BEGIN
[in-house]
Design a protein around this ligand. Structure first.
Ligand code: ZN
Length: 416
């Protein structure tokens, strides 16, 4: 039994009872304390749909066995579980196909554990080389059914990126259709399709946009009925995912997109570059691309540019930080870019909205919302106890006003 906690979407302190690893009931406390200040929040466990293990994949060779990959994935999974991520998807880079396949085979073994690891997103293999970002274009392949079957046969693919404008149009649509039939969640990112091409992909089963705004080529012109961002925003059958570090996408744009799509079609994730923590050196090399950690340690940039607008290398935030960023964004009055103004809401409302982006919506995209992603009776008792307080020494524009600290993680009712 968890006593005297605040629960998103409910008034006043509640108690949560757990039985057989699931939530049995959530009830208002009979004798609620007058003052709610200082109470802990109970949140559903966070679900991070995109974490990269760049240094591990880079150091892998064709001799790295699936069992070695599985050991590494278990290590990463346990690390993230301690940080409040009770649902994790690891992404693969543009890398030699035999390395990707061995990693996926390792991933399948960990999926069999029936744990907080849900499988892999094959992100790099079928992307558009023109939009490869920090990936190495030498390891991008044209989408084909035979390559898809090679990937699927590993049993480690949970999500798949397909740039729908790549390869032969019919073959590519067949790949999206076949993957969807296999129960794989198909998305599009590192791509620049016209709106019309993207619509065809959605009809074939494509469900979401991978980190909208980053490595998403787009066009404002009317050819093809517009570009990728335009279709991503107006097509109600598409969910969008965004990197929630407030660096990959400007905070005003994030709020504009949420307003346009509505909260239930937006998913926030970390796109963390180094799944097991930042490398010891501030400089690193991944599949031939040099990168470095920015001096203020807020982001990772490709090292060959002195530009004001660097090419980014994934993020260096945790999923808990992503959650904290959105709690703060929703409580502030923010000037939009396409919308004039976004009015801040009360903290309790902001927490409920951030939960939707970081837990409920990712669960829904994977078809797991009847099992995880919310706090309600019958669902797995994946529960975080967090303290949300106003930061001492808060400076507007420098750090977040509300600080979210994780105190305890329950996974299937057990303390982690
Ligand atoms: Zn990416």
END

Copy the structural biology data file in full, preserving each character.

[in-house]
Design a protein around this ligand. Structure first.
Ligand code: ZN
Length: 416
């Protein structure tokens, strides 16, 4: 039994009872304390749909066995579980196909554990080389059914990126259709399709946009009925995912997109570059691309540019930080870019909205919302106890006003 906690979407302190690893009931406390200040929040466990293990994949060779990959994935999974991520998807880079396949085979073994690891997103293999970002274009392949079957046969693919404008149009649509039939969640990112091409992909089963705004080529012109961002925003059958570090996408744009799509079609994730923590050196090399950690340690940039607008290398935030960023964004009055103004809401409302982006919506995209992603009776008792307080020494524009600290993680009712 968890006593005297605040629960998103409910008034006043509640108690949560757990039985057989699931939530049995959530009830208002009979004798609620007058003052709610200082109470802990109970949140559903966070679900991070995109974490990269760049240094591990880079150091892998064709001799790295699936069992070695599985050991590494278990290590990463346990690390993230301690940080409040009770649902994790690891992404693969543009890398030699035999390395990707061995990693996926390792991933399948960990999926069999029936744990907080849900499988892999094959992100790099079928992307558009023109939009490869920090990936190495030498390891991008044209989408084909035979390559898809090679990937699927590993049993480690949970999500798949397909740039729908790549390869032969019919073959590519067949790949999206076949993957969807296999129960794989198909998305599009590192791509620049016209709106019309993207619509065809959605009809074939494509469900979401991978980190909208980053490595998403787009066009404002009317050819093809517009570009990728335009279709991503107006097509109600598409969910969008965004990197929630407030660096990959400007905070005003994030709020504009949420307003346009509505909260239930937006998913926030970390796109963390180094799944097991930042490398010891501030400089690193991944599949031939040099990168470095920015001096203020807020982001990772490709090292060959002195530009004001660097090419980014994934993020260096945790999923808990992503959650904290959105709690703060929703409580502030923010000037939009396409919308004039976004009015801040009360903290309790902001927490409920951030939960939707970081837990409920990712669960829904994977078809797991009847099992995880919310706090309600019958669902797995994946529960975080967090303290949300106003930061001492808060400076507007420098750090977040509300600080979210994780105190305890329950996974299937057990303390982690
Ligand atoms: Zn990416």